Dr Kordey


Arthroscopy & Joint Replacement Specialist


Can patients with diabetes undergo knee replacement surgery?

Patients with diabetes can indeed undergo this surgery provided their blood sugar is maintained within acceptable limits. Such patients may need to be put on insulin injections immediately before and after surgery to achieve better control of their blood sugar levels. Patients with diabetes have a slightly higher risk of infection and wound healing problems. However when appropriate preventive measures are taken such complications can be avoided.

Is it necessary to give blood transfusion to a patient during or after surgery?

The need for blood transfusion depends upon the patient’s pre-operative hemoglobin and the amount of blood loss occurring during and after surgery (through the drainage tube). The patient’s hemoglobin is checked after surgery to assess the amount of blood loss and decide on the need for giving blood. Generally speaking, for most patients with a normal hemoglobin undergoing unilateral (one side) knee replacement and an average blood loss, there is no need to give blood transfusion. Patients undergoing bilateral (both sides) knee replacement at the same time or within a space of a few days may need one or more blood transfusions.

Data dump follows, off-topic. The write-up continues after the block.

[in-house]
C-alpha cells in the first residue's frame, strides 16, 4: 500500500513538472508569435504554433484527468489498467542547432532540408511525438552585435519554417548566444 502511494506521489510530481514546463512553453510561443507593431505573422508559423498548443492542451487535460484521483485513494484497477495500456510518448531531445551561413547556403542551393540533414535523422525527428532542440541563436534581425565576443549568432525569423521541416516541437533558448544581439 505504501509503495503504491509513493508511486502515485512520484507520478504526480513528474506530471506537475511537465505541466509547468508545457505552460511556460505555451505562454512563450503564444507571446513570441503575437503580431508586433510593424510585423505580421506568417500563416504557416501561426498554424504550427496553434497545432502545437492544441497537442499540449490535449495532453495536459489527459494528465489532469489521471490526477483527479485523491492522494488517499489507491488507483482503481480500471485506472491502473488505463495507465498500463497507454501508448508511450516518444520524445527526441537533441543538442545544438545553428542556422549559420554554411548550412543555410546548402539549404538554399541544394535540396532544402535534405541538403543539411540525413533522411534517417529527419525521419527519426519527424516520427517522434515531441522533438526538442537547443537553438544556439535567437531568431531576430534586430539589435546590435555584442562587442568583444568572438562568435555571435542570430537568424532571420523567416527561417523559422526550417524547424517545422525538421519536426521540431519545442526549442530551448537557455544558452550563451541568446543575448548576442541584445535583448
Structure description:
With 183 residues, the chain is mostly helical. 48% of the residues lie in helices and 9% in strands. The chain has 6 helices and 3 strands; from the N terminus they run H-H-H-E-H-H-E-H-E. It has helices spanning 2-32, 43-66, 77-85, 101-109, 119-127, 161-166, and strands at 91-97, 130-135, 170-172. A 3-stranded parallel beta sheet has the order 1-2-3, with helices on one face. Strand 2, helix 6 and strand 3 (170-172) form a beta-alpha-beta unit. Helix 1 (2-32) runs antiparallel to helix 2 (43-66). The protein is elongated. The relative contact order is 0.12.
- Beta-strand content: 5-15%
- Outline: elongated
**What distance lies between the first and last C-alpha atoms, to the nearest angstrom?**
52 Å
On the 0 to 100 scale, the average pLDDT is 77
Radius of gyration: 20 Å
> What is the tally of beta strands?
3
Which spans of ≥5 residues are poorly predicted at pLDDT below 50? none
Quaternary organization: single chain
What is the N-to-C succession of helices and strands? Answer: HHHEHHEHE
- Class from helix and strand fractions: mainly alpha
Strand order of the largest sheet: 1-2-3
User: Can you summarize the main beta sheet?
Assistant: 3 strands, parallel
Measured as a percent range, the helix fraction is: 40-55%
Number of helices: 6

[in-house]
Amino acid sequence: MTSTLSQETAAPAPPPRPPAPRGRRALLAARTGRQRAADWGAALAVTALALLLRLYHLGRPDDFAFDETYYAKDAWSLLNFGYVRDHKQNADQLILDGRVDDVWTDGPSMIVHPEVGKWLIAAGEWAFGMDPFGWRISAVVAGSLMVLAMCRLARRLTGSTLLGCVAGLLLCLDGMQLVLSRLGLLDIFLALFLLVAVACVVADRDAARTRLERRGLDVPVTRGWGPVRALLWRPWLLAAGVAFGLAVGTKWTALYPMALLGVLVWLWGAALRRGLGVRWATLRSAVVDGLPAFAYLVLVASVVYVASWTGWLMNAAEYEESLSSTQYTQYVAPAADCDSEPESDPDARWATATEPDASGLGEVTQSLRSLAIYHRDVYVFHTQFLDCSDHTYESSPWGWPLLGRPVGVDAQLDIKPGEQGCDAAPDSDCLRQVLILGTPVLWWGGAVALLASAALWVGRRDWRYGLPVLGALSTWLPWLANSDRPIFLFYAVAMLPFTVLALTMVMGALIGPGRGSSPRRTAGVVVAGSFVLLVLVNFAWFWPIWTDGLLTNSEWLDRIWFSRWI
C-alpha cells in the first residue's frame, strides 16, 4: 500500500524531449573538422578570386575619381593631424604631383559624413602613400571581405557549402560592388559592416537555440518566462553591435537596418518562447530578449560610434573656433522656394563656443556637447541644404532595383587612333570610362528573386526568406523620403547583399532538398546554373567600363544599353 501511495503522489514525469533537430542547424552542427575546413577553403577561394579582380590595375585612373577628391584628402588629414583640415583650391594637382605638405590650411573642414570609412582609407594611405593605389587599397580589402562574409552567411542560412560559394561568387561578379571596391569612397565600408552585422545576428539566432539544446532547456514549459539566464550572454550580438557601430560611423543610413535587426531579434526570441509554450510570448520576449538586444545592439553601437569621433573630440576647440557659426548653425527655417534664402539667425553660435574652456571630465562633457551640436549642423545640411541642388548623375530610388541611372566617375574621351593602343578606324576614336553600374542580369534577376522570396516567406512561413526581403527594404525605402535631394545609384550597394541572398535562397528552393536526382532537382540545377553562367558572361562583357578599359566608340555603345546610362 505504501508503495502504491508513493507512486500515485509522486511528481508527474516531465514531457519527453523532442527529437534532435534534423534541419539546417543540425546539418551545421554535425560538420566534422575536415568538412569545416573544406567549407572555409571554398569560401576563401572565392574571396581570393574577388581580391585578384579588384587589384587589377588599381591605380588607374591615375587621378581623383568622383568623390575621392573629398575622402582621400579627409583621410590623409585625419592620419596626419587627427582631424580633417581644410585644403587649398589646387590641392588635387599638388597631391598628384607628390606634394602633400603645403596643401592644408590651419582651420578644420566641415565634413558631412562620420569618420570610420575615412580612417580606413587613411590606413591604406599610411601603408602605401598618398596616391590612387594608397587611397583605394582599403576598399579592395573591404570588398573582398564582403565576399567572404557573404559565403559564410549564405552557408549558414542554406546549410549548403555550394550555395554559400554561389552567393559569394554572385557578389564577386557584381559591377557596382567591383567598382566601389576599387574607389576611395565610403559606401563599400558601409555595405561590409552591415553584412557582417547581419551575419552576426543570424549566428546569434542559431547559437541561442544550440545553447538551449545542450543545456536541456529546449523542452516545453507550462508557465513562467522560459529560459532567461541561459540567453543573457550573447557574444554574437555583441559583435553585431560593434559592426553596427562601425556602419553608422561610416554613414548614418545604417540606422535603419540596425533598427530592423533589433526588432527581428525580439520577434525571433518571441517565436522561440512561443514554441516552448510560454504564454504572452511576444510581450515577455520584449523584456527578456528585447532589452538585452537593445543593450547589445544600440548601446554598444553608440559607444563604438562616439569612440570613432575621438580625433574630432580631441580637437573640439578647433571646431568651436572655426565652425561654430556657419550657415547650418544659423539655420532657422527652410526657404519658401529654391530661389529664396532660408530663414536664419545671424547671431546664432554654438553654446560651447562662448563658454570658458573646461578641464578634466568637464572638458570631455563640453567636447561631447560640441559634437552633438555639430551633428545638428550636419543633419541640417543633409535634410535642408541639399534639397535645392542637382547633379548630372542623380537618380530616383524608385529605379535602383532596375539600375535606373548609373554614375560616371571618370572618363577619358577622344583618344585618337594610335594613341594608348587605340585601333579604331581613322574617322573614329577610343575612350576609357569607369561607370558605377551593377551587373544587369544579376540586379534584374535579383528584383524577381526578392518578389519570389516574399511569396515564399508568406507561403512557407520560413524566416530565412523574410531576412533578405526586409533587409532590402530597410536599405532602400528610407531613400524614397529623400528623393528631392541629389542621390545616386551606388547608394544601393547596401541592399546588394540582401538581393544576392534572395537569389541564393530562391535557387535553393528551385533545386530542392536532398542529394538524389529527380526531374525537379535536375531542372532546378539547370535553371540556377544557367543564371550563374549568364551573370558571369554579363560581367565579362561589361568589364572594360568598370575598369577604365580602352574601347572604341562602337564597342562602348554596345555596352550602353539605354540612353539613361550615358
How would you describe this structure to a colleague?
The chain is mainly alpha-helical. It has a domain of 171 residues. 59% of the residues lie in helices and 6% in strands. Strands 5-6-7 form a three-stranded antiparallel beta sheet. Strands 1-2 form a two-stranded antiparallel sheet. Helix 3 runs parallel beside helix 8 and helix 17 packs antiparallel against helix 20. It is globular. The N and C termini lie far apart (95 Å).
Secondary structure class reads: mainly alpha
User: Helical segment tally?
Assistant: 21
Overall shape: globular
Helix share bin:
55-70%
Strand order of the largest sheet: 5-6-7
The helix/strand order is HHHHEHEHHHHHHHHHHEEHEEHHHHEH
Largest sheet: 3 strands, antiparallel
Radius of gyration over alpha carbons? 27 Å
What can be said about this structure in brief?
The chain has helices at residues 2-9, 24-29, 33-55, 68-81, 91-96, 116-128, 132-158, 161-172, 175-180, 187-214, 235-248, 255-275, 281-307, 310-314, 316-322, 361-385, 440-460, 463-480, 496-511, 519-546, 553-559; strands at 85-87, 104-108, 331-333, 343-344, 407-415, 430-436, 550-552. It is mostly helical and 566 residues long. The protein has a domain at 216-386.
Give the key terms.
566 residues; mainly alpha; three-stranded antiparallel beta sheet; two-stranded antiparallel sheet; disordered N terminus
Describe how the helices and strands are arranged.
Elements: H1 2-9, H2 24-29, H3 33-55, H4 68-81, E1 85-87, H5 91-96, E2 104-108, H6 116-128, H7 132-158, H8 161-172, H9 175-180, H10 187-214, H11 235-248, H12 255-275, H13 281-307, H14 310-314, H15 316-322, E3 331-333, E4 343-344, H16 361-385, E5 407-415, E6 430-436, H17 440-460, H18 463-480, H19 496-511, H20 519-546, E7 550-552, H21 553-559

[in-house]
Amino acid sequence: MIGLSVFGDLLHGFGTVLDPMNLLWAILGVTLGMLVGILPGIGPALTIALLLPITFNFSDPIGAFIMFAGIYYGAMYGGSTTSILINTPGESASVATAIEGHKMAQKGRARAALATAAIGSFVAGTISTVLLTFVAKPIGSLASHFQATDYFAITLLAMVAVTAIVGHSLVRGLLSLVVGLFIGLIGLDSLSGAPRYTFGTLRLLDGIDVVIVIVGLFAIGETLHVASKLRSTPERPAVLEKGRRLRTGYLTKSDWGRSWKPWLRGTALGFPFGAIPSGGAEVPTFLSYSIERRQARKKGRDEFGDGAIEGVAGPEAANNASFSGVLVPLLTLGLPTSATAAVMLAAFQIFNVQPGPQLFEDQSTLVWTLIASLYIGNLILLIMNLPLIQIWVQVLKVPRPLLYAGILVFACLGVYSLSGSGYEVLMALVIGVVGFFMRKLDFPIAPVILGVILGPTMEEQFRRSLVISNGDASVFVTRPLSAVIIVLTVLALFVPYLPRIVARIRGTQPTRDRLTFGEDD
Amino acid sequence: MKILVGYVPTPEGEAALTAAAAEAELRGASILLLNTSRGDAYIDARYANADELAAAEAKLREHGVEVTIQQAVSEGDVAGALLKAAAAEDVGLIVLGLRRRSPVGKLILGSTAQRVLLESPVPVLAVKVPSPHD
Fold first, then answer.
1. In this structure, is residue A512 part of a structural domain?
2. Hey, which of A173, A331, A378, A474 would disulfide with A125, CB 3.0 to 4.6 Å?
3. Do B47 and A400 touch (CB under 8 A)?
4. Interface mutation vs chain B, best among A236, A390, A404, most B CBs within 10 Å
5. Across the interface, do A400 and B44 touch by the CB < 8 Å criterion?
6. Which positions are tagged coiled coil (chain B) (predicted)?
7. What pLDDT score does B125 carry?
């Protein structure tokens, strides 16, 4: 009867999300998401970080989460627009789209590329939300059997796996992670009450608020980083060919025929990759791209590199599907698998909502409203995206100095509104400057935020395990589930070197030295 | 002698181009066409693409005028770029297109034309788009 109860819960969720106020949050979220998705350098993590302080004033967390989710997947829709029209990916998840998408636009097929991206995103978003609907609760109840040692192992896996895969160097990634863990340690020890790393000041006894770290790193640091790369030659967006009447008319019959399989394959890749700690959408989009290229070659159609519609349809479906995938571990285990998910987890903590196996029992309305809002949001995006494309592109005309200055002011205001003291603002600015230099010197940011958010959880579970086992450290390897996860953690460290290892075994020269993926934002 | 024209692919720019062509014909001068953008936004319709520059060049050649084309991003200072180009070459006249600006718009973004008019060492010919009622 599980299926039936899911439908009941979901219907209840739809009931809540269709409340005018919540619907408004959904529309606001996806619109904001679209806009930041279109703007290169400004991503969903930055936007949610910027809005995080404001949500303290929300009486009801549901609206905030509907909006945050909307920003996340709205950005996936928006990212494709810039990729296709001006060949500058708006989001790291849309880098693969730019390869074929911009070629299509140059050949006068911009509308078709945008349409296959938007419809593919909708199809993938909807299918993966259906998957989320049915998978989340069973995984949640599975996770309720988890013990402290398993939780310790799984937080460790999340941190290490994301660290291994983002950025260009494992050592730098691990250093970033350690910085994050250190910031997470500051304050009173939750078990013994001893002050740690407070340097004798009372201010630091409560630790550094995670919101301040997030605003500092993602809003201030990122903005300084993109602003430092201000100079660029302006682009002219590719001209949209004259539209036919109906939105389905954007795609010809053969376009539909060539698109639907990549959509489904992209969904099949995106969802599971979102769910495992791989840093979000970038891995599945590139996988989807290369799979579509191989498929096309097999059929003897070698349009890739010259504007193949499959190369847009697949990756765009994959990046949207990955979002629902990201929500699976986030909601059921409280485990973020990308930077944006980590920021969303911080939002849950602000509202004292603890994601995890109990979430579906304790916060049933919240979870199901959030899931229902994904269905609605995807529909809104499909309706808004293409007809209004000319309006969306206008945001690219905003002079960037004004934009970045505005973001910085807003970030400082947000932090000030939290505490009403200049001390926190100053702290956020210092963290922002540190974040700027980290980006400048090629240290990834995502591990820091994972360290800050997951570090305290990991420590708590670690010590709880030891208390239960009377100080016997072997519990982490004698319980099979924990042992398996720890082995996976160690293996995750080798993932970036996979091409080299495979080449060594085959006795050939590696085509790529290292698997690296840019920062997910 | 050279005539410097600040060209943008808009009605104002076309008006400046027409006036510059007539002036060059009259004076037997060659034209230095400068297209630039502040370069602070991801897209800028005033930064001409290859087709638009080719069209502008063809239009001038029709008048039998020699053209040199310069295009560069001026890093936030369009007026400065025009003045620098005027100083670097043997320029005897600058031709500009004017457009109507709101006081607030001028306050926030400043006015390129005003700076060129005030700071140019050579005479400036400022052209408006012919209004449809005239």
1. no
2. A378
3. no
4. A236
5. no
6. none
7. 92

Can both knees be replaced at the same time?

When patients have severe pain in both the knees requiring surgery, this can be done at the same time (simultaneous TKR) or after an interval time between two surgeries (staged TKR). Patients who are in good health and medically fit can be considered for bilateral simultaneous TKR at the same sitting. Patients who are older or those with co-existing medical conditions may have to be operated with some time interval between the two surgeries. This time interval may vary from a few days to few weeks depending on individual circumstances.

What is subvastus approach in TKR?

This refers to a method of exposing the knee joint from the overlying quadriceps muscle. The conventional mid-rectus approach involves cutting through the quadriceps tendon. The mid-vastus approach involves cutting through the muscle rather than the tendon. The sub-vastus approach involves reflecting the muscle without cutting through it. The sub-vastus approach is said to violate the quadriceps muscle the least, and supposedly helps in faster rehabilitation of patients after surgery. However a number of studies comparing these three approaches have not shown any significant advantage in the medium to longer term recovery after surgery. Majority of the surgeons prefer the conventional mid-rectus approach.

© 2010

Site Designed by : Web Work

Mobile : 9930035032 | Email  |  Sitemap | Disclaimer | RSS